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How to Run Machine Learning Hyperparameter Optimization in the Cloud — Part 1
This is the first of a three-part post in which we will explore some of the ways in which hyperparameter optimization can be performed in a cloud machine learning (ML) environment.
Hyperparameter Tuning (HPT): HPT or hyperparameter optimization (HPO) refers to the art of finding the most optimal set of hyperparameters (e.g. learning rate, momentum, dropout, etc.) for your machine learning model. HPT is an essential part of any machine learning project; applying it appropriately can determine whether your project succeeds or fails. A lot has been written on the art of HPT, e.g. see here for a brief survey on some of the methods for performing HPT and here for a survey of some of the existing frameworks that support HPT. A common method for accelerating HPT is by scaling up the number of host machines in order to increase the number of experiments that are being run in parallel.
HPT in the Cloud: In previous posts (e.g. here) we have expanded on the advantages of performing machine learning in the cloud. In particular, we have noted the virtually infinite scaling capacity of cloud based ML. This property facilitates significant acceleration of our ML projects by enabling us to start up as many training instances and as many parallel experiments as we desire (or can afford). The scalability property makes the cloud an ideal playground for HPT of our ML models.
In this post we review some of the ways to run HPT in the cloud. The way to do this is not always immediately obvious. This is due to the fact that HPT typically involves performing multiple trials that must be coordinated. Progress reports need to be collected from all the trials, and appropriate actions need to be taken in accordance with the HPT algorithm of choice. Such coordination is pretty trivial when running in a local environment in which you have full control of your training instances and can easily set them up to communicate with one another. But it is less obvious in the cloud, especially when using a managed training service, such as Amazon SageMaker, where the underlying instance setup and configuration is delegated to the service.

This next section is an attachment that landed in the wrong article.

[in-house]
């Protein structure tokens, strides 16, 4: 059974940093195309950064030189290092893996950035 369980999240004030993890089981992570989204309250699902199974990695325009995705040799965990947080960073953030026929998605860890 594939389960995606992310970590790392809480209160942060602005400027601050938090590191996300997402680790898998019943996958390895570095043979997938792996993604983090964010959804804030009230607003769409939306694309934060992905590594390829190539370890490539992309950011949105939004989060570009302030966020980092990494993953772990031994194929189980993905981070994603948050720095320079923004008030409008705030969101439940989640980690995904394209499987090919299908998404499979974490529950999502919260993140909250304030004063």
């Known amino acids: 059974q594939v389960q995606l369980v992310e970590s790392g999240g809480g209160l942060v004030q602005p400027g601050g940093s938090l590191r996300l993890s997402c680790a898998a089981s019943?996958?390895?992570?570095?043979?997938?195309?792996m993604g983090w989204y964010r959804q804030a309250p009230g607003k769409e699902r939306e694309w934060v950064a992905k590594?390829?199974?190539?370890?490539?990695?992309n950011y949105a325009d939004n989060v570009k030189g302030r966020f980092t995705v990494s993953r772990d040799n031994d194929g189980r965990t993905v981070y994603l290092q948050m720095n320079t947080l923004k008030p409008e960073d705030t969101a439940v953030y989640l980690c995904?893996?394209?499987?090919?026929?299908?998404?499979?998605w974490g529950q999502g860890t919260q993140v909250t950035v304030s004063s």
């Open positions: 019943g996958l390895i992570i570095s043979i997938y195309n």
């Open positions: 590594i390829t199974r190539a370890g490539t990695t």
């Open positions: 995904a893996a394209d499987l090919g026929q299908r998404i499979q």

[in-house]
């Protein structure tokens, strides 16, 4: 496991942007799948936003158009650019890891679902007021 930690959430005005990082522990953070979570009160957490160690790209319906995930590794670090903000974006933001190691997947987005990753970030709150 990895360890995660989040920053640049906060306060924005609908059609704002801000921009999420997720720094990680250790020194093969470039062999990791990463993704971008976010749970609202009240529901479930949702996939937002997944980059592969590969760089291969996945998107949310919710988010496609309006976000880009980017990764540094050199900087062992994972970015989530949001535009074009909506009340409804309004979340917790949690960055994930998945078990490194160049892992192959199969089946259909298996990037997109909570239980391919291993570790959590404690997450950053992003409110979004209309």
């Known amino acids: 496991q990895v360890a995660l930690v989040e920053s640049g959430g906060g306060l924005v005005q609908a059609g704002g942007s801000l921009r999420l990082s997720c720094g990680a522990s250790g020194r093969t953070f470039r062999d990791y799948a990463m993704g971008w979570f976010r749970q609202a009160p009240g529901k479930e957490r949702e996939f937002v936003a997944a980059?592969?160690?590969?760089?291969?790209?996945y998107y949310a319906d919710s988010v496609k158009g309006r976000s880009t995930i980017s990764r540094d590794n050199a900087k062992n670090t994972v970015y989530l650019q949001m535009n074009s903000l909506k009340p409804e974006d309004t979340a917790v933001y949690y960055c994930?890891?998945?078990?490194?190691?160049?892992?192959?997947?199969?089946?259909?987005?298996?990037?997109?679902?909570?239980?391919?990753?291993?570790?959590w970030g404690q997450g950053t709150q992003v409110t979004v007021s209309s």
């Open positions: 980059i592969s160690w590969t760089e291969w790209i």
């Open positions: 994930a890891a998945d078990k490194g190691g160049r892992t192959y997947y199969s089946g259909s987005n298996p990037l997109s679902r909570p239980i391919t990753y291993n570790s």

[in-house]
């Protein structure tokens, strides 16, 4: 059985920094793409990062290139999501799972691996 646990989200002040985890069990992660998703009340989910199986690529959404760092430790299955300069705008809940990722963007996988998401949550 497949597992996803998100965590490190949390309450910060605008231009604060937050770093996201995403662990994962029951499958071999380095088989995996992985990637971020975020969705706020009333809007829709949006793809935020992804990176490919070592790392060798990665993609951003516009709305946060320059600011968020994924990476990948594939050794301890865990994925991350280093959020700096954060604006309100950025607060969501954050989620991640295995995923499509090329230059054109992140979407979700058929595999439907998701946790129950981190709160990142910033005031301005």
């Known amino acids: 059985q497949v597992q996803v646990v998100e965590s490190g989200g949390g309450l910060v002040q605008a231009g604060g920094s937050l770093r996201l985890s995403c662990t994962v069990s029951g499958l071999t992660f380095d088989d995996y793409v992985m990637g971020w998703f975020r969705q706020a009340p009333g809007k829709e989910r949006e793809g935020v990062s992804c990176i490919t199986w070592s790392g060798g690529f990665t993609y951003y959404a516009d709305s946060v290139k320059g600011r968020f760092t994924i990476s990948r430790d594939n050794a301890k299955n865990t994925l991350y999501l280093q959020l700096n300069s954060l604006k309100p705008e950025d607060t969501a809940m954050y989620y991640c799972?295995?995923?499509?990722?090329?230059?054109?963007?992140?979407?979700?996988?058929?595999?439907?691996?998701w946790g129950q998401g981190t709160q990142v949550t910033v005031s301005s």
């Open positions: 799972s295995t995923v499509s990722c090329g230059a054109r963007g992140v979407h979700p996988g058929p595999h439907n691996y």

Different Methods for Cloud Based HPT
In previous posts (e.g. here) we have noted the wide range of cloud based machine learning solutions that developers have to choose from. Cloud Service Providers (CSPs) such as GCP, AWS, and Azure, offer a variety of ML training options at different levels of abstraction. On one end of the spectrum, developers can request a “bare-metal” GPU cloud instance and handle all elements of the setup, configuration, and application flow on their own. On the other end of the spectrum, you have highly specialized, fully managed, cloud based training frameworks. Naturally, the plethora of cloud based training options extends to multiple ways of performing cloud based HPT. In this post we will review and demonstrate four options: